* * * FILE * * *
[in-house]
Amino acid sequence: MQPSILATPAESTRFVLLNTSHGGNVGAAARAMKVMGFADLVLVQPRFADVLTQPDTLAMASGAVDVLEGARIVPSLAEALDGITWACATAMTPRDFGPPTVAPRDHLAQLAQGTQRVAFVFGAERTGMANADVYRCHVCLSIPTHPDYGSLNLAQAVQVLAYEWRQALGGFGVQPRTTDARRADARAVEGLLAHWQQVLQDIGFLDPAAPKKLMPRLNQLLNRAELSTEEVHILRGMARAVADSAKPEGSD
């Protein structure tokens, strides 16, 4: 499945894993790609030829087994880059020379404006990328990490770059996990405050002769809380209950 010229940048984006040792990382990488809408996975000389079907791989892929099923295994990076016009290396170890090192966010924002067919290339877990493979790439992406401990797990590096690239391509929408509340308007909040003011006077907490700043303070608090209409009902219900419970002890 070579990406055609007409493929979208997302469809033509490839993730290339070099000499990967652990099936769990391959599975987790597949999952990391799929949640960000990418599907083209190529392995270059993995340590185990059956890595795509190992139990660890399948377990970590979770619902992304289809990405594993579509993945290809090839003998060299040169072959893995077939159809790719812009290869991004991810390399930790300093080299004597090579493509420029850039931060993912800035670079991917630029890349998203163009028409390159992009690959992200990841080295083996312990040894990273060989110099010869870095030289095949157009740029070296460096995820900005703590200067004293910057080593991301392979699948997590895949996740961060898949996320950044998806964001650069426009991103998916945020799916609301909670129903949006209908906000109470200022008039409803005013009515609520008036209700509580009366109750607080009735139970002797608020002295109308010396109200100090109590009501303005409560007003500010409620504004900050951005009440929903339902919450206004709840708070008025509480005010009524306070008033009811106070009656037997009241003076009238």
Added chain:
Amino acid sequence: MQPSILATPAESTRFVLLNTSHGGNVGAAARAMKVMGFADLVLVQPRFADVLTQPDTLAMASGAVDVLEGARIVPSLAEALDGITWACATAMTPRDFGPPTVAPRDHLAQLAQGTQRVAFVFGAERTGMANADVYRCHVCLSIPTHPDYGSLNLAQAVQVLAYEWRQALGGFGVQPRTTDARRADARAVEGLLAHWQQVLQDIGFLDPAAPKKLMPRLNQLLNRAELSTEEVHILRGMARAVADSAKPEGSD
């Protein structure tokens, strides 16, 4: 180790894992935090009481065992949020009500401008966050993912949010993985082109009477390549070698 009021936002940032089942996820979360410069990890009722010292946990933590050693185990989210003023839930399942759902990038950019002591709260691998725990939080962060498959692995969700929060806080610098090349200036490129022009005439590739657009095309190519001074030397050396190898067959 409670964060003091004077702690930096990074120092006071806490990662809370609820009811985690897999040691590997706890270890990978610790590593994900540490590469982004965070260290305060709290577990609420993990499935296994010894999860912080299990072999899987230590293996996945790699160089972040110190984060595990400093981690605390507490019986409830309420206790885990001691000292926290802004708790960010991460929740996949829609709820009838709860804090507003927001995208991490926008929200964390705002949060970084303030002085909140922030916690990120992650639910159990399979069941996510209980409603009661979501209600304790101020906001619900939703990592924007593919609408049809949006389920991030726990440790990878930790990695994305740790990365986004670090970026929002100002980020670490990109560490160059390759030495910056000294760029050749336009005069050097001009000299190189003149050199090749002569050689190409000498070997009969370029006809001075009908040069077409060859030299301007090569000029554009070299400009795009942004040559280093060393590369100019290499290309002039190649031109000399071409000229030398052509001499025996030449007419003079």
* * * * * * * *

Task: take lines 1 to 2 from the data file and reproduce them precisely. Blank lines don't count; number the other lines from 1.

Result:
[in-house]
Amino acid sequence: MQPSILATPAESTRFVLLNTSHGGNVGAAARAMKVMGFADLVLVQPRFADVLTQPDTLAMASGAVDVLEGARIVPSLAEALDGITWACATAMTPRDFGPPTVAPRDHLAQLAQGTQRVAFVFGAERTGMANADVYRCHVCLSIPTHPDYGSLNLAQAVQVLAYEWRQALGGFGVQPRTTDARRADARAVEGLLAHWQQVLQDIGFLDPAAPKKLMPRLNQLLNRAELSTEEVHILRGMARAVADSAKPEGSD